Wednesday, July 18, 2007

The Lives of Others (Das Leben der Anderen) * * * * *

"If I keep listening to it, I won't finish the revolution."-Lenin, regarding Beethoven's "Appassionata" Sonata (as recounted in "The Lives Of Others").

Ladies and Gentlemen, this is how to make an authentic contemporary dramatic thriller…

The Lives of Others (Das Leben der Anderen) won the Academy award trophy for Best Foreign Language Film and the European Film Academy award for Best Picture this year. Visually enthralling, poetic, well acted and very well written, The Lives of Others, the third German film to ever win an Oscar is one of the best film of this decade so far.

Today, Germany’s filmmaking status is on its renaissance… it has been almost 40 years since we had the global influence of famous German directors such as Fassbinder, Stanley Kubrick and Fritz Lang, now a lot of new filmmakers are embarking on a series of international hits including this pre Berlin Wall suspense thriller movie.

Florian Henckel von Donnersmarck's movie debut focuses on the horrifying, sometimes unintentionally funny system of observation in the former East Germany. In the early 1980s, the successful dramatist Georg Dreyman and his longtime companion Christa-Maria Sieland, a popular actress, are big intellectual stars in the socialist state, although they secretly don't always think loyal to the party line. One day, the Minister of Culture becomes interested in Christa, so the secret service agent Wiesler is instructed to observe and sound out the couple, but their life fascinates him more and more...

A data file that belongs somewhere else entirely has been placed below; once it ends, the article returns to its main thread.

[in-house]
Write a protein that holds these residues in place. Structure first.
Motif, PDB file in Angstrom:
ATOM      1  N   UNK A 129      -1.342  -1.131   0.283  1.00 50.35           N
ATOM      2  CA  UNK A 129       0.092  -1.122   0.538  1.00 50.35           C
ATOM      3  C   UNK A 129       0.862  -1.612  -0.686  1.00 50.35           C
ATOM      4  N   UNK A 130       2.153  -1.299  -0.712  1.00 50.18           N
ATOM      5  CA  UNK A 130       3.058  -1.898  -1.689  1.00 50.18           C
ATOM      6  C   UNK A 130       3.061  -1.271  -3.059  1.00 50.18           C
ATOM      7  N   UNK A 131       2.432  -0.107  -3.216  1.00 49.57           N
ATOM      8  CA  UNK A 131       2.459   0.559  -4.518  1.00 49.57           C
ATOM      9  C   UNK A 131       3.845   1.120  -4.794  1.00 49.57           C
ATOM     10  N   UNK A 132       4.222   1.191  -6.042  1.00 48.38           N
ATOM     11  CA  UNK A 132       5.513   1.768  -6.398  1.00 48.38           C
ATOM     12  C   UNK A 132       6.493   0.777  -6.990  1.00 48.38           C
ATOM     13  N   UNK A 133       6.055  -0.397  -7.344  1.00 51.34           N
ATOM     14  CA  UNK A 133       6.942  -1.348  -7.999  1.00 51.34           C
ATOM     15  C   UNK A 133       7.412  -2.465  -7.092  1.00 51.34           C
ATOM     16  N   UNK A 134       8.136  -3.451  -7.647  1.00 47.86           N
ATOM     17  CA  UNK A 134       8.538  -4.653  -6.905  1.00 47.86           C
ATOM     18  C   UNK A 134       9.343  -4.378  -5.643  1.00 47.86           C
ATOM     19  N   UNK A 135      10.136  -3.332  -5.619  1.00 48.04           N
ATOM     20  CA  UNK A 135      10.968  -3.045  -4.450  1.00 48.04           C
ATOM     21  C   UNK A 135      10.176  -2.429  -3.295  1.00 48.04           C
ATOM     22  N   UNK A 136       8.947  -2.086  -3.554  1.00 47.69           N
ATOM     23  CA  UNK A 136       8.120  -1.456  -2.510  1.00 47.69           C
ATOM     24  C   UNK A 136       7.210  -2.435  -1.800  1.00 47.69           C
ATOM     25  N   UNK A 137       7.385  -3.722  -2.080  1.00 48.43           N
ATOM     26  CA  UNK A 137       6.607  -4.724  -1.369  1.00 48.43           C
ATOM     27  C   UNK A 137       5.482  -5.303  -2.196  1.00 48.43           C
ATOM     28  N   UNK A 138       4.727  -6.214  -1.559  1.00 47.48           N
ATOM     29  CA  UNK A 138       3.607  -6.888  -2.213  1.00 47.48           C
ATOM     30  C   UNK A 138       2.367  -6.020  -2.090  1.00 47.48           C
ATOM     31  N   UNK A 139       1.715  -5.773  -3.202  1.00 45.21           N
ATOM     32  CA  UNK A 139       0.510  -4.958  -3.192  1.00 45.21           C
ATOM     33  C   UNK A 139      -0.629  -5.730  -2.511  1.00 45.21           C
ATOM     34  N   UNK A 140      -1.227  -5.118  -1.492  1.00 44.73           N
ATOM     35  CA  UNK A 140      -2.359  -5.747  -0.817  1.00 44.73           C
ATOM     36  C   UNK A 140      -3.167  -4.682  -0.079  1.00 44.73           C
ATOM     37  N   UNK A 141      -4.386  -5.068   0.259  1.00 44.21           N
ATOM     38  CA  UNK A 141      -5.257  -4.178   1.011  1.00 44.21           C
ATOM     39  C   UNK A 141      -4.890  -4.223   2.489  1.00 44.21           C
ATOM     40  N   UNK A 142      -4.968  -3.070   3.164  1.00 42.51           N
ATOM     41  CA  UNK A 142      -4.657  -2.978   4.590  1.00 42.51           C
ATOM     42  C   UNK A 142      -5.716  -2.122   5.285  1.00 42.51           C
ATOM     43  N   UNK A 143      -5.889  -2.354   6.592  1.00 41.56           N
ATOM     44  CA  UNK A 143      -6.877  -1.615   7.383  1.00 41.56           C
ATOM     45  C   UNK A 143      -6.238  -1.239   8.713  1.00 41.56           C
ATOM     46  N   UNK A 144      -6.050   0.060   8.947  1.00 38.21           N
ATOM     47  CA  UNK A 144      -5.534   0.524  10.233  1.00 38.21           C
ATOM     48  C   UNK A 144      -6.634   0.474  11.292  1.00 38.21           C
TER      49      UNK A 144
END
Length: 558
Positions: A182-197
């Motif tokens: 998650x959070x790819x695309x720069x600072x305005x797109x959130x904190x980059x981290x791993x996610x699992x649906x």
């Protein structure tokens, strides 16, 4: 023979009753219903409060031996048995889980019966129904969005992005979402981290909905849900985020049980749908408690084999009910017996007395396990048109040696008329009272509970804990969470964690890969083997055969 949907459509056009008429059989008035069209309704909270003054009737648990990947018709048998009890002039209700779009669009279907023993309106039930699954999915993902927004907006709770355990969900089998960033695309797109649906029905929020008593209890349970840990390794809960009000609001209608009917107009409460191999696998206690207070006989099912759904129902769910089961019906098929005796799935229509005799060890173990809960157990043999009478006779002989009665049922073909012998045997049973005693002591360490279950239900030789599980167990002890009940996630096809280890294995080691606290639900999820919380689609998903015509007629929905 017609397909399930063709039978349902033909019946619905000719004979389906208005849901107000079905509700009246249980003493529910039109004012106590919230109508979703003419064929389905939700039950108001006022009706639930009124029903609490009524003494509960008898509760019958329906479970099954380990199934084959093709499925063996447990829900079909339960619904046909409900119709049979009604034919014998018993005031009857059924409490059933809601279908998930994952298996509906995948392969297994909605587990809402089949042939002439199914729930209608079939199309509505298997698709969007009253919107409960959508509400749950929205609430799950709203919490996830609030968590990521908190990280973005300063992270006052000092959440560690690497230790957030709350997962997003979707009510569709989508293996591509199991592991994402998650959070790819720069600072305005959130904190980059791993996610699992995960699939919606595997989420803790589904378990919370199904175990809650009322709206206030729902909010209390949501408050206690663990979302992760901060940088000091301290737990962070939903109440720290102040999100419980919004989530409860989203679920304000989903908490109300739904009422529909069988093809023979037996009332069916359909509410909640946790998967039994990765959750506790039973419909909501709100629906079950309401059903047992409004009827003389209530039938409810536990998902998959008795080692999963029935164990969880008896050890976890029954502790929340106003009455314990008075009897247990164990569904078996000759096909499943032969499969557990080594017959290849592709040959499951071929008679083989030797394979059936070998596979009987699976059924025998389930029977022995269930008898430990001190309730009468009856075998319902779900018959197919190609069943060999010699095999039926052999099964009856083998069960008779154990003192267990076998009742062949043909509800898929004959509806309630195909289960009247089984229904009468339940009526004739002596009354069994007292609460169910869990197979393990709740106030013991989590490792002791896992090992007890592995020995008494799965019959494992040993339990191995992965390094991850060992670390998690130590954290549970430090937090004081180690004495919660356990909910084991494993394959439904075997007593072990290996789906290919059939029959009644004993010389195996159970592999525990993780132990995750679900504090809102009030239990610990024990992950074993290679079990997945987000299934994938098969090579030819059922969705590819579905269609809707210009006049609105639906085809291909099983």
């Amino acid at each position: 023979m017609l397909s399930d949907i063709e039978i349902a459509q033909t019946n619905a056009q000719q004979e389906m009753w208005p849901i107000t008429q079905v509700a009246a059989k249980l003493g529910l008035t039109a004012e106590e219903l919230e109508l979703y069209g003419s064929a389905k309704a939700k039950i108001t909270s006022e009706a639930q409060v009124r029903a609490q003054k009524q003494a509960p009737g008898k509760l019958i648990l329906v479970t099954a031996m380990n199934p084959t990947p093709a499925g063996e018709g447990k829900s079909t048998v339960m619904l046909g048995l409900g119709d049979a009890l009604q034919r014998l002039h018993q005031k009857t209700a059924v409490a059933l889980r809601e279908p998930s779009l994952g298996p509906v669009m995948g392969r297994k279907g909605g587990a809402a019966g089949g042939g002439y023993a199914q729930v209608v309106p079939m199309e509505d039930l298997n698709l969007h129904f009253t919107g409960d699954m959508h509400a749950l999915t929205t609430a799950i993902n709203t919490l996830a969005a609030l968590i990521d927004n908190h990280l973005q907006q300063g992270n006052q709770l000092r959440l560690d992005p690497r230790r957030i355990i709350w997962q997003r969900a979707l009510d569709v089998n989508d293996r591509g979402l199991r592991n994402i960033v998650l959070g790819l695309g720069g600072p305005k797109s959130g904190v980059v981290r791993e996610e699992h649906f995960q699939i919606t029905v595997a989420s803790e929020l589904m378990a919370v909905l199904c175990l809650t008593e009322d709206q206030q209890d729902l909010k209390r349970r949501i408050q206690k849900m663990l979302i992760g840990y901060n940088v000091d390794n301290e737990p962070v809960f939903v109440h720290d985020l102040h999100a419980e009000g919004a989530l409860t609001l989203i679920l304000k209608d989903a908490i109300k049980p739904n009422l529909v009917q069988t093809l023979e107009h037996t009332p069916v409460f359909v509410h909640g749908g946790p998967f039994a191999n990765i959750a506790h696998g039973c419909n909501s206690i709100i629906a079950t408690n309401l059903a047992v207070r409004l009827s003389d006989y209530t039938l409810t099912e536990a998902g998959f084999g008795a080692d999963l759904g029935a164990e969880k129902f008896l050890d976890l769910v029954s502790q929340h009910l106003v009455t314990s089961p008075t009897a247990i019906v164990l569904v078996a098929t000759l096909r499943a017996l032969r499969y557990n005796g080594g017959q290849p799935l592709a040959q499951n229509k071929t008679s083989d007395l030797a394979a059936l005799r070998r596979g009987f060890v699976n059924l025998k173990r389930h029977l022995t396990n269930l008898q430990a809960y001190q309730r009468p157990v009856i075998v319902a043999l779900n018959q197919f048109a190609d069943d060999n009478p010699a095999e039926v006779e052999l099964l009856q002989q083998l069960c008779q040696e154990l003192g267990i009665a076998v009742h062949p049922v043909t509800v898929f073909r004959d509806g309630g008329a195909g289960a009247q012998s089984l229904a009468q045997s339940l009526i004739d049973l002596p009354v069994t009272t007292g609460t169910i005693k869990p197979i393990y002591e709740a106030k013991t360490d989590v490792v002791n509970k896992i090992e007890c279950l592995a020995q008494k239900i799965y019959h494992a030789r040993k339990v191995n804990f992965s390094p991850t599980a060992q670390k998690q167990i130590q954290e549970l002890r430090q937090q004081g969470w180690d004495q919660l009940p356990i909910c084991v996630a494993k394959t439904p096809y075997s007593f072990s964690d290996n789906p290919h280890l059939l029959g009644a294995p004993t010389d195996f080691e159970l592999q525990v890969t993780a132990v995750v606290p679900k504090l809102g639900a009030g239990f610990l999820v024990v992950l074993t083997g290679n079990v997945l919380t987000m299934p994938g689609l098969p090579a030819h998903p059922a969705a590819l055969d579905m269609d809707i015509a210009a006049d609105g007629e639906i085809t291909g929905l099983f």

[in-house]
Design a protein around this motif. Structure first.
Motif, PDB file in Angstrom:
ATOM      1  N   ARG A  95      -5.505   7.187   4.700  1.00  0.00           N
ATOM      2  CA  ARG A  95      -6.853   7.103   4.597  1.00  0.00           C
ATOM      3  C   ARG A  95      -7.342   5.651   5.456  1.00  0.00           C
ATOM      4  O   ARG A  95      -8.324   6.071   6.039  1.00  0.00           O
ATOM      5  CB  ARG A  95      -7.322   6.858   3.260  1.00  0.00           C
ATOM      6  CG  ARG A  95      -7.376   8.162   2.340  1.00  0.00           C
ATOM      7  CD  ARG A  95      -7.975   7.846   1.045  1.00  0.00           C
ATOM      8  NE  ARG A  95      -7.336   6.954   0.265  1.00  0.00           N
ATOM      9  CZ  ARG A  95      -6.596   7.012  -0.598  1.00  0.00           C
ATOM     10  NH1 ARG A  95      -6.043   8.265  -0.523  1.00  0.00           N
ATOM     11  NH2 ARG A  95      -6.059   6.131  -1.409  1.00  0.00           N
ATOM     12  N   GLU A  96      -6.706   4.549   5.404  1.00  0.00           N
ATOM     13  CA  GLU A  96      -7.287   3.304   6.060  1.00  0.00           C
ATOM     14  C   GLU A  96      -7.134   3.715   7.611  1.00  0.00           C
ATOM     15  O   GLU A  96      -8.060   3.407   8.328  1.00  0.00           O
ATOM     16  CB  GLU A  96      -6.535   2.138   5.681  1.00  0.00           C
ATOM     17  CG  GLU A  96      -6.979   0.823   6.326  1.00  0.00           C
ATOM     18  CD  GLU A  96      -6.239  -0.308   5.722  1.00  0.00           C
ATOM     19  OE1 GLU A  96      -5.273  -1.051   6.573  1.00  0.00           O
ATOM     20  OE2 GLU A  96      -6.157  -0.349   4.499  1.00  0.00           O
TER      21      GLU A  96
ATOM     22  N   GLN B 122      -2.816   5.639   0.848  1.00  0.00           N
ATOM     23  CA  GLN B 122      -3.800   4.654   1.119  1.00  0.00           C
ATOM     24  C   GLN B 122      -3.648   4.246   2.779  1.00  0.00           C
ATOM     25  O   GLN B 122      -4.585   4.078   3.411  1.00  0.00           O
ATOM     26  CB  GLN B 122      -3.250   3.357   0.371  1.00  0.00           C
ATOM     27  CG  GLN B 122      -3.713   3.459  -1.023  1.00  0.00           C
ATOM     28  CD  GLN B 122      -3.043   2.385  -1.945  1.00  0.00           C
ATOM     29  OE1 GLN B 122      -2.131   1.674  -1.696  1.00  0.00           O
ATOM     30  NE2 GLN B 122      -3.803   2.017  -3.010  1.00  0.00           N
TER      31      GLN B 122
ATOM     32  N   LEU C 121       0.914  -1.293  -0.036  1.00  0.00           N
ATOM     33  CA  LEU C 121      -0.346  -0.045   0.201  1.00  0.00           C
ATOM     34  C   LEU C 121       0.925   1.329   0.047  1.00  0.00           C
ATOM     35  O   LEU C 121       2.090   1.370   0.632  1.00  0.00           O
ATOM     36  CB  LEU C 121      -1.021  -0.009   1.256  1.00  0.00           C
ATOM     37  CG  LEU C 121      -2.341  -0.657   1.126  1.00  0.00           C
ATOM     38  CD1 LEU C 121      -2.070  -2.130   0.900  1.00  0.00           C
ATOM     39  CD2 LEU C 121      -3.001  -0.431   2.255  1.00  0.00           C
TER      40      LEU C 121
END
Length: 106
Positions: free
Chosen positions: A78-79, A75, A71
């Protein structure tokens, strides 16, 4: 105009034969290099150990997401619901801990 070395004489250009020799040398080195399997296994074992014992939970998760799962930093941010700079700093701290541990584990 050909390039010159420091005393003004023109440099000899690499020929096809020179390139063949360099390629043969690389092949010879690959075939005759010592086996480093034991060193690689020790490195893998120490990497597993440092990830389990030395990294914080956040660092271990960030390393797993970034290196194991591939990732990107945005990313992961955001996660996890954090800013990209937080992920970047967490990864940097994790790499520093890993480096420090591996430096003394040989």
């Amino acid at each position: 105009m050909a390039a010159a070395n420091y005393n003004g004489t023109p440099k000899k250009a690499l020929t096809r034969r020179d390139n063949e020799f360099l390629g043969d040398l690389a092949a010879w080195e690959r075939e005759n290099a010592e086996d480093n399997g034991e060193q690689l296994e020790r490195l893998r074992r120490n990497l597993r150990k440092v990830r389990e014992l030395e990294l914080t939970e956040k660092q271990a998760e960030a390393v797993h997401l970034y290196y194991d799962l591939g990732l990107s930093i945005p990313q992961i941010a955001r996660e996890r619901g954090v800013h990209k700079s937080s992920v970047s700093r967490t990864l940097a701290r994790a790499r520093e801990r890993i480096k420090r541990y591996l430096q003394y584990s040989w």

Wiesler (played magnificently by Best Actor winner Ulrich Muhe) together with his tech team installed devices so that he can monitor the entire conversation takes place on their residence day and night. But as the story progresses, Wiesler seems to be not faithfully committed to the communist party after all… and this constitutes to several surprising and unexpected events in the story.

The Lives of Others is one of the best thrillers of the contemporary cinema along with Park Chan Wook’s “Oldboy”. Sadly, few Filipinos can see it and as usual, soon the masses must endure a Hollywood version again…


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